Monday, September 25, 2006
high schools and The Sprawl
Loudoun County, Virginia - or The Sprawl, as I like to call it - is a magical place. It is the wealthiest county in the country, a land of manicured new towns and discreet poverty. They're even shooting for their own World Trade Center, which should put Montgomery County to shame.
But when land in Loudoun is so heavily contested - either for development or preservation - why do they demand so much for their schools? According to the Post, which today profiles the guy who goes trolling the county for potential school sites, Loudoun County designs high schools for sites of 75 acres or more. That's nothing short of ridiculous, even in The Sprawl.
The School Building Association standard for school sites is 10, 20 and 30 acres for elementary, middle and high schools, respectively. Despite a few exceptions, such as my alma mater Blake High School (pictured), which sits on 90 acres, Montgomery County schools are on fairly small sites. Bethesda-Chevy Chase High School has only 16 acres - and there's still room for parking and athletic facilities.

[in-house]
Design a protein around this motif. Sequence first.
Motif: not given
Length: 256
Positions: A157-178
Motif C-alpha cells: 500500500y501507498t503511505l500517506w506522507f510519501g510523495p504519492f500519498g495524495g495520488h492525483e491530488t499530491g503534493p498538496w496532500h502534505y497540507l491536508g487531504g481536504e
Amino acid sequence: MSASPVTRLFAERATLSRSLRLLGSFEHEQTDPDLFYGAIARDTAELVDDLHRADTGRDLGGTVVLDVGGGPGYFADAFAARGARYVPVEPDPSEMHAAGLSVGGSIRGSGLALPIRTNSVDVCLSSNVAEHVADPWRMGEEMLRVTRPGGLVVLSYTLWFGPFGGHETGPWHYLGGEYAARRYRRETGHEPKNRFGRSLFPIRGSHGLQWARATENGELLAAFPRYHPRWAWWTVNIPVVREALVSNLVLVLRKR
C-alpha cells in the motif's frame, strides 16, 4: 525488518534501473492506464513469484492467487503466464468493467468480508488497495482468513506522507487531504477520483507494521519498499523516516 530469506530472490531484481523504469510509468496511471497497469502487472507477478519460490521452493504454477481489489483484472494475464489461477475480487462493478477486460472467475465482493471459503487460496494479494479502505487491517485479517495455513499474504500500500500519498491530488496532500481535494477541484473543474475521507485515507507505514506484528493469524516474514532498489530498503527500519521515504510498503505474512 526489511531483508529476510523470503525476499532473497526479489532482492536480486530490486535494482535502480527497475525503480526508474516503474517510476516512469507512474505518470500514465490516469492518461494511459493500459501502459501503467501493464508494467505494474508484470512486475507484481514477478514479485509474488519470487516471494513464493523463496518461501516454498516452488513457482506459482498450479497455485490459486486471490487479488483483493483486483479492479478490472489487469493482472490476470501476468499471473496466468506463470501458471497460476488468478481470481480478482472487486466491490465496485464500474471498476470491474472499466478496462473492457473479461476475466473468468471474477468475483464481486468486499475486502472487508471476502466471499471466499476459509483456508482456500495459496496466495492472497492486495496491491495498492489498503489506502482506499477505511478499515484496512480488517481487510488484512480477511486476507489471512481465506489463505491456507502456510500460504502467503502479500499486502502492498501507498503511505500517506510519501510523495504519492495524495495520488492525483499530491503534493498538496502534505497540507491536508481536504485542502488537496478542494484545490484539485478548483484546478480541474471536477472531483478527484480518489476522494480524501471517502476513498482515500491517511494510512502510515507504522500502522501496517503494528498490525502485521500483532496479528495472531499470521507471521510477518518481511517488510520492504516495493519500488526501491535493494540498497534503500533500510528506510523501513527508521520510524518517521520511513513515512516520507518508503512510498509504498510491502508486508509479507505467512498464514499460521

Loudoun County wouldn't have nearly as hard a time dealing with the pressures of their rapid growth if they were more creative with placing the infrastructure (i.e., schools). Their requirements for new high schools would put them far away from the neighborhoods where students live. A good school is part of a community - and, as a graduate of Blake, which sits on a formerly rural road lined with estate homes and megachurches, I can tell you first hand.
Seriously. Cutting school was very, very difficult. I mean . . . where did we have to go?